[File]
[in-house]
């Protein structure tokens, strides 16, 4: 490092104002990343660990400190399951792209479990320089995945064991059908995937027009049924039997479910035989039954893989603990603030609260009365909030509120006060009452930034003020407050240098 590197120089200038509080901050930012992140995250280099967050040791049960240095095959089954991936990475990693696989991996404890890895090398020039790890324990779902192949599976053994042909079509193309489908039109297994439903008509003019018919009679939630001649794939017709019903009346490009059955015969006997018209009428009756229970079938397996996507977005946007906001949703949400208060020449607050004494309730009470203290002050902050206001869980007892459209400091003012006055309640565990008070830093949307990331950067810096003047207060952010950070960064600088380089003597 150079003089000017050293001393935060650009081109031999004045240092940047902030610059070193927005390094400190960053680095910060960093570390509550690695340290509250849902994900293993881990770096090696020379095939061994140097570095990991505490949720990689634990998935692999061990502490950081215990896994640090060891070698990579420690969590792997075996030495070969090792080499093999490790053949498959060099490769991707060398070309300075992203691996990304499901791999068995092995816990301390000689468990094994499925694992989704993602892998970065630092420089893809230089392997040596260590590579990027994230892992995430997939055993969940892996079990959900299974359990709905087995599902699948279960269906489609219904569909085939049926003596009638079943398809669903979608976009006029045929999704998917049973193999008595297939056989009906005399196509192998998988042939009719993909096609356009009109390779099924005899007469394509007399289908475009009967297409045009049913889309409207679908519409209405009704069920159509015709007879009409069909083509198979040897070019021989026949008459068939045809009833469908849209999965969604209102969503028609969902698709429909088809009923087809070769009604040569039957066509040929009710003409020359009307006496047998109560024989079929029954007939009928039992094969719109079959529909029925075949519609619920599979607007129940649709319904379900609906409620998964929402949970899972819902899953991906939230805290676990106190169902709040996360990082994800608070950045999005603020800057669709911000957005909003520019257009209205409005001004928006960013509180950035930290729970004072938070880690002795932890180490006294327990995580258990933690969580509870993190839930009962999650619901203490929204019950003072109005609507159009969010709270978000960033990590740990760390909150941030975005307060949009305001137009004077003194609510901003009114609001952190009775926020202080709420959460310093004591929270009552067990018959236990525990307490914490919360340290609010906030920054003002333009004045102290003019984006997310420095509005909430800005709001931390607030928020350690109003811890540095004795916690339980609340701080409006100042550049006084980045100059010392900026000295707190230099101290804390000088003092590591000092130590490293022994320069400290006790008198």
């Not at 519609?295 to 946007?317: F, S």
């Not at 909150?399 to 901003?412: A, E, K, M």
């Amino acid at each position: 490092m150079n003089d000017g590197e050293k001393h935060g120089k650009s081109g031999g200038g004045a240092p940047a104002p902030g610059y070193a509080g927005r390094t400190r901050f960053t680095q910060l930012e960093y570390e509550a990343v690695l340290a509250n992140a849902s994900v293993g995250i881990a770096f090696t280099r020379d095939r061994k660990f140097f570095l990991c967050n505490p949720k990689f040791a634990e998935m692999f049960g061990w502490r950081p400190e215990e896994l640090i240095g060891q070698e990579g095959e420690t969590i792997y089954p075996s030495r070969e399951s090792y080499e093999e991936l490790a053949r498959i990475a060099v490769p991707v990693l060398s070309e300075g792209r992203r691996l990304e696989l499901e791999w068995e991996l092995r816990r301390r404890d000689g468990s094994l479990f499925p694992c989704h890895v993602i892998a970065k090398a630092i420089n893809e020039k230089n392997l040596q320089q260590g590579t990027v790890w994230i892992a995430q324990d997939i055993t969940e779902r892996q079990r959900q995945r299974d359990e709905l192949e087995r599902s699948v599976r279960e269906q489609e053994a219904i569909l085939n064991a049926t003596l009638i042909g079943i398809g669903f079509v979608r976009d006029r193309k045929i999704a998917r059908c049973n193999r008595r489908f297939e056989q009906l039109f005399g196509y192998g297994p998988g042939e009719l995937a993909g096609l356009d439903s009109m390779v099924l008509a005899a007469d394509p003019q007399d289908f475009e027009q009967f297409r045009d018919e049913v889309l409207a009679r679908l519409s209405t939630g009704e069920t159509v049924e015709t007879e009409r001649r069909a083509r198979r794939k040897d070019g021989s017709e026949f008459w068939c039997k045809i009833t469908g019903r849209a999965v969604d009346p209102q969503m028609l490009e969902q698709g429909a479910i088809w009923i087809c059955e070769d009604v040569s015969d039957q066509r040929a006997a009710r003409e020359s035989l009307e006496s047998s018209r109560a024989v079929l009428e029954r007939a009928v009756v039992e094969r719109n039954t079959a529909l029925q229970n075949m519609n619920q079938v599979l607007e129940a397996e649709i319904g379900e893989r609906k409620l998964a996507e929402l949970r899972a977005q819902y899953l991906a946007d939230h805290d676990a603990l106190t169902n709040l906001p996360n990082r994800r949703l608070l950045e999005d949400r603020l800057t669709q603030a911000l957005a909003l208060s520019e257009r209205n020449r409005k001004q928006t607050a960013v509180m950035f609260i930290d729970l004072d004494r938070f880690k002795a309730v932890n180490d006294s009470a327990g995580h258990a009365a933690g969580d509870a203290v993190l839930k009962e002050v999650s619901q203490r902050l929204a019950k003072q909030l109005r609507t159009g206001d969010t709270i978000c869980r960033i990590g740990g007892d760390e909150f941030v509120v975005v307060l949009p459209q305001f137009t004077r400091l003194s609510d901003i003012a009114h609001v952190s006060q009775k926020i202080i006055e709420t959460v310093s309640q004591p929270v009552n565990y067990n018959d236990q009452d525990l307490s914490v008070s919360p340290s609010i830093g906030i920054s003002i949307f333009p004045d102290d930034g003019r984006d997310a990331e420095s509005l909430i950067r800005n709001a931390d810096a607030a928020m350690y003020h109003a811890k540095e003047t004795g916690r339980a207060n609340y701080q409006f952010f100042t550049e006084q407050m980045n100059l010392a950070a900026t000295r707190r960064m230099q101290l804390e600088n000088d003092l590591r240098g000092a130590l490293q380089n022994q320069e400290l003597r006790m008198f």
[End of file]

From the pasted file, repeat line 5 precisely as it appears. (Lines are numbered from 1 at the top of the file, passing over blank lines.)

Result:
């Amino acid at each position: 490092m150079n003089d000017g590197e050293k001393h935060g120089k650009s081109g031999g200038g004045a240092p940047a104002p902030g610059y070193a509080g927005r390094t400190r901050f960053t680095q910060l930012e960093y570390e509550a990343v690695l340290a509250n992140a849902s994900v293993g995250i881990a770096f090696t280099r020379d095939r061994k660990f140097f570095l990991c967050n505490p949720k990689f040791a634990e998935m692999f049960g061990w502490r950081p400190e215990e896994l640090i240095g060891q070698e990579g095959e420690t969590i792997y089954p075996s030495r070969e399951s090792y080499e093999e991936l490790a053949r498959i990475a060099v490769p991707v990693l060398s070309e300075g792209r992203r691996l990304e696989l499901e791999w068995e991996l092995r816990r301390r404890d000689g468990s094994l479990f499925p694992c989704h890895v993602i892998a970065k090398a630092i420089n893809e020039k230089n392997l040596q320089q260590g590579t990027v790890w994230i892992a995430q324990d997939i055993t969940e779902r892996q079990r959900q995945r299974d359990e709905l192949e087995r599902s699948v599976r279960e269906q489609e053994a219904i569909l085939n064991a049926t003596l009638i042909g079943i398809g669903f079509v979608r976009d006029r193309k045929i999704a998917r059908c049973n193999r008595r489908f297939e056989q009906l039109f005399g196509y192998g297994p998988g042939e009719l995937a993909g096609l356009d439903s009109m390779v099924l008509a005899a007469d394509p003019q007399d289908f475009e027009q009967f297409r045009d018919e049913v889309l409207a009679r679908l519409s209405t939630g009704e069920t159509v049924e015709t007879e009409r001649r069909a083509r198979r794939k040897d070019g021989s017709e026949f008459w068939c039997k045809i009833t469908g019903r849209a999965v969604d009346p209102q969503m028609l490009e969902q698709g429909a479910i088809w009923i087809c059955e070769d009604v040569s015969d039957q066509r040929a006997a009710r003409e020359s035989l009307e006496s047998s018209r109560a024989v079929l009428e029954r007939a009928v009756v039992e094969r719109n039954t079959a529909l029925q229970n075949m519609n619920q079938v599979l607007e129940a397996e649709i319904g379900e893989r609906k409620l998964a996507e929402l949970r899972a977005q819902y899953l991906a946007d939230h805290d676990a603990l106190t169902n709040l906001p996360n990082r994800r949703l608070l950045e999005d949400r603020l800057t669709q603030a911000l957005a909003l208060s520019e257009r209205n020449r409005k001004q928006t607050a960013v509180m950035f609260i930290d729970l004072d004494r938070f880690k002795a309730v932890n180490d006294s009470a327990g995580h258990a009365a933690g969580d509870a203290v993190l839930k009962e002050v999650s619901q203490r902050l929204a019950k003072q909030l109005r609507t159009g206001d969010t709270i978000c869980r960033i990590g740990g007892d760390e909150f941030v509120v975005v307060l949009p459209q305001f137009t004077r400091l003194s609510d901003i003012a009114h609001v952190s006060q009775k926020i202080i006055e709420t959460v310093s309640q004591p929270v009552n565990y067990n018959d236990q009452d525990l307490s914490v008070s919360p340290s609010i830093g906030i920054s003002i949307f333009p004045d102290d930034g003019r984006d997310a990331e420095s509005l909430i950067r800005n709001a931390d810096a607030a928020m350690y003020h109003a811890k540095e003047t004795g916690r339980a207060n609340y701080q409006f952010f100042t550049e006084q407050m980045n100059l010392a950070a900026t000295r707190r960064m230099q101290l804390e600088n000088d003092l590591r240098g000092a130590l490293q380089n022994q320069e400290l003597r006790m008198f």